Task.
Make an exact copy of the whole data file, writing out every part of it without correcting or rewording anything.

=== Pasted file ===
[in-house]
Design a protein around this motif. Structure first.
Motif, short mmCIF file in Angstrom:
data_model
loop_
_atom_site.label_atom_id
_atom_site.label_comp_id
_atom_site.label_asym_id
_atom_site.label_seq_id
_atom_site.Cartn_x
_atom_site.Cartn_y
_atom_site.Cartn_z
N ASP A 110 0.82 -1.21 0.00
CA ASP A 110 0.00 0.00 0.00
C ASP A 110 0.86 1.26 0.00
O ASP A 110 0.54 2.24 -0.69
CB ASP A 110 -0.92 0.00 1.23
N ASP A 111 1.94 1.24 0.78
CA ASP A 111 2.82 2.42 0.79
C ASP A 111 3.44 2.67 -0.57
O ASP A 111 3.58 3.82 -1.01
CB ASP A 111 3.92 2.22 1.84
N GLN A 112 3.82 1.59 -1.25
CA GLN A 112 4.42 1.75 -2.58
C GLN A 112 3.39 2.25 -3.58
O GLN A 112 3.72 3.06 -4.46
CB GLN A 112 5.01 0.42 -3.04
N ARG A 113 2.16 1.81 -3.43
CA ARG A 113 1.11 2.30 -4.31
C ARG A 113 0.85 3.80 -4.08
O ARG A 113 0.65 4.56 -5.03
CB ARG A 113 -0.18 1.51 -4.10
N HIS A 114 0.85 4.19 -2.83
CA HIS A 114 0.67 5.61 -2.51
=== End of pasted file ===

[in-house]
Design a protein around this motif. Structure first.
Motif, short mmCIF file in Angstrom:
data_model
loop_
_atom_site.label_atom_id
_atom_site.label_comp_id
_atom_site.label_asym_id
_atom_site.label_seq_id
_atom_site.Cartn_x
_atom_site.Cartn_y
_atom_site.Cartn_z
N ASP A 110 0.82 -1.21 0.00
CA ASP A 110 0.00 0.00 0.00
C ASP A 110 0.86 1.26 0.00
O ASP A 110 0.54 2.24 -0.69
CB ASP A 110 -0.92 0.00 1.23
N ASP A 111 1.94 1.24 0.78
CA ASP A 111 2.82 2.42 0.79
C ASP A 111 3.44 2.67 -0.57
O ASP A 111 3.58 3.82 -1.01
CB ASP A 111 3.92 2.22 1.84
N GLN A 112 3.82 1.59 -1.25
CA GLN A 112 4.42 1.75 -2.58
C GLN A 112 3.39 2.25 -3.58
O GLN A 112 3.72 3.06 -4.46
CB GLN A 112 5.01 0.42 -3.04
N ARG A 113 2.16 1.81 -3.43
CA ARG A 113 1.11 2.30 -4.31
C ARG A 113 0.85 3.80 -4.08
O ARG A 113 0.65 4.56 -5.03
CB ARG A 113 -0.18 1.51 -4.10
N HIS A 114 0.85 4.19 -2.83
CA HIS A 114 0.67 5.61 -2.51